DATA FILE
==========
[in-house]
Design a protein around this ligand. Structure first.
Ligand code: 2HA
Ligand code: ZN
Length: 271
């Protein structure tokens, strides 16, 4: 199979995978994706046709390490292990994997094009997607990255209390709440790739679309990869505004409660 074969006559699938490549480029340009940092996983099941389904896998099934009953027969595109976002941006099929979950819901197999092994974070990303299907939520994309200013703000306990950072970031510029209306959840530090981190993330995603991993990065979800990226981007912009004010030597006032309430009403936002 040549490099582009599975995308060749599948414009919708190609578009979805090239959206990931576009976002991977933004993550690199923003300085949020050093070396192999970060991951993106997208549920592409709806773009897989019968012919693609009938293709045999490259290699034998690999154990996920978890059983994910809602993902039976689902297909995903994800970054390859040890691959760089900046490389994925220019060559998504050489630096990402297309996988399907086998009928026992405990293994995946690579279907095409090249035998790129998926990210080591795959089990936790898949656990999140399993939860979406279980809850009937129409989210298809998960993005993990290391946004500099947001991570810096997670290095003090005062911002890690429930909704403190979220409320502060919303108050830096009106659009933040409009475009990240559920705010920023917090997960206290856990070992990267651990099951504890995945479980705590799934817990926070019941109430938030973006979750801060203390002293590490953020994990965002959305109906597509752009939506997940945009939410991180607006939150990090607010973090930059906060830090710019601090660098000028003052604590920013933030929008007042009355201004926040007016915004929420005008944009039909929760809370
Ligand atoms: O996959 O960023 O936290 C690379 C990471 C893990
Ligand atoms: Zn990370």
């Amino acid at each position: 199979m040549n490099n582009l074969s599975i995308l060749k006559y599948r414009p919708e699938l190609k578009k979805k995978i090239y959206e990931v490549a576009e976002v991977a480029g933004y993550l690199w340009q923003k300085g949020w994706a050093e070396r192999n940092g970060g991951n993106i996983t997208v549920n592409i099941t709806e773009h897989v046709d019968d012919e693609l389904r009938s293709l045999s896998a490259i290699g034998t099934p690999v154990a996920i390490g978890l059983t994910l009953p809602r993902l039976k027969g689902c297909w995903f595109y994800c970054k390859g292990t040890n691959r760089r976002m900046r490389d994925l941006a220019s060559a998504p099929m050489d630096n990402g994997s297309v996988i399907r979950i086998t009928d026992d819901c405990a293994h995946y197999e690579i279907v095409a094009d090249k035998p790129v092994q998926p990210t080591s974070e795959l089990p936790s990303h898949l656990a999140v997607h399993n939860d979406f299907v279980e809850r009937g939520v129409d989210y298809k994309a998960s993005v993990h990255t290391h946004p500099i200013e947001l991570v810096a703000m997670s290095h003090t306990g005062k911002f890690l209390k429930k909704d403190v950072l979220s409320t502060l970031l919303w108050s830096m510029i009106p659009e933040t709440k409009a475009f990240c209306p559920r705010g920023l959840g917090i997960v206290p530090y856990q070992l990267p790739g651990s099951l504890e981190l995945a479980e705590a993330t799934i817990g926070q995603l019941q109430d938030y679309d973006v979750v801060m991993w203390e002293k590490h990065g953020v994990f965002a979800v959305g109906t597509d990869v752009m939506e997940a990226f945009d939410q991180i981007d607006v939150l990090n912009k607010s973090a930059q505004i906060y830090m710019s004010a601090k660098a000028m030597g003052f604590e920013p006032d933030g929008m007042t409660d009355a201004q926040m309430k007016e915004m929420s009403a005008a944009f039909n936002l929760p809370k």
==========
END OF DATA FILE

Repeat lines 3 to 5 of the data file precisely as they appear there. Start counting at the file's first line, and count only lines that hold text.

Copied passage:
Ligand code: 2HA
Ligand code: ZN
Length: 271